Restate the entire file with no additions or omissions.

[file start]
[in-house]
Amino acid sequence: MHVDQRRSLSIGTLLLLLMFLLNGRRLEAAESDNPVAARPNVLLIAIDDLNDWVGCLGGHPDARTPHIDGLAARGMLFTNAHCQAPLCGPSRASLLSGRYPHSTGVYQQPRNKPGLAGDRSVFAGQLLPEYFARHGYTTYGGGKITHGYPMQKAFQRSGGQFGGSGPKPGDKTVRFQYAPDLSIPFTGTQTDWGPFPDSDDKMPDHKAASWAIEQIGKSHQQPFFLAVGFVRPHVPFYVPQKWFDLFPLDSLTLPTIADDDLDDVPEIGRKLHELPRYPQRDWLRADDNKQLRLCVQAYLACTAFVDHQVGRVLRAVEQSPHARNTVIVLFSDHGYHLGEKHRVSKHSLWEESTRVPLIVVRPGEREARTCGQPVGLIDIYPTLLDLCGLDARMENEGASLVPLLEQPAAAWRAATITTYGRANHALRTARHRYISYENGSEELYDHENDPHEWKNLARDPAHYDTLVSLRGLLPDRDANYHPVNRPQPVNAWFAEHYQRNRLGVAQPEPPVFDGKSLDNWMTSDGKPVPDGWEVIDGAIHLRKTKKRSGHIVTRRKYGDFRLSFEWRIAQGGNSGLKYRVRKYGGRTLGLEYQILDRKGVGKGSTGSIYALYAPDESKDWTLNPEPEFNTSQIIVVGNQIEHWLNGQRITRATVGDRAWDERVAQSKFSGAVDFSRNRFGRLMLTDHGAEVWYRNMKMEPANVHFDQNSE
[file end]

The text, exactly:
[in-house]
Amino acid sequence: MHVDQRRSLSIGTLLLLLMFLLNGRRLEAAESDNPVAARPNVLLIAIDDLNDWVGCLGGHPDARTPHIDGLAARGMLFTNAHCQAPLCGPSRASLLSGRYPHSTGVYQQPRNKPGLAGDRSVFAGQLLPEYFARHGYTTYGGGKITHGYPMQKAFQRSGGQFGGSGPKPGDKTVRFQYAPDLSIPFTGTQTDWGPFPDSDDKMPDHKAASWAIEQIGKSHQQPFFLAVGFVRPHVPFYVPQKWFDLFPLDSLTLPTIADDDLDDVPEIGRKLHELPRYPQRDWLRADDNKQLRLCVQAYLACTAFVDHQVGRVLRAVEQSPHARNTVIVLFSDHGYHLGEKHRVSKHSLWEESTRVPLIVVRPGEREARTCGQPVGLIDIYPTLLDLCGLDARMENEGASLVPLLEQPAAAWRAATITTYGRANHALRTARHRYISYENGSEELYDHENDPHEWKNLARDPAHYDTLVSLRGLLPDRDANYHPVNRPQPVNAWFAEHYQRNRLGVAQPEPPVFDGKSLDNWMTSDGKPVPDGWEVIDGAIHLRKTKKRSGHIVTRRKYGDFRLSFEWRIAQGGNSGLKYRVRKYGGRTLGLEYQILDRKGVGKGSTGSIYALYAPDESKDWTLNPEPEFNTSQIIVVGNQIEHWLNGQRITRATVGDRAWDERVAQSKFSGAVDFSRNRFGRLMLTDHGAEVWYRNMKMEPANVHFDQNSE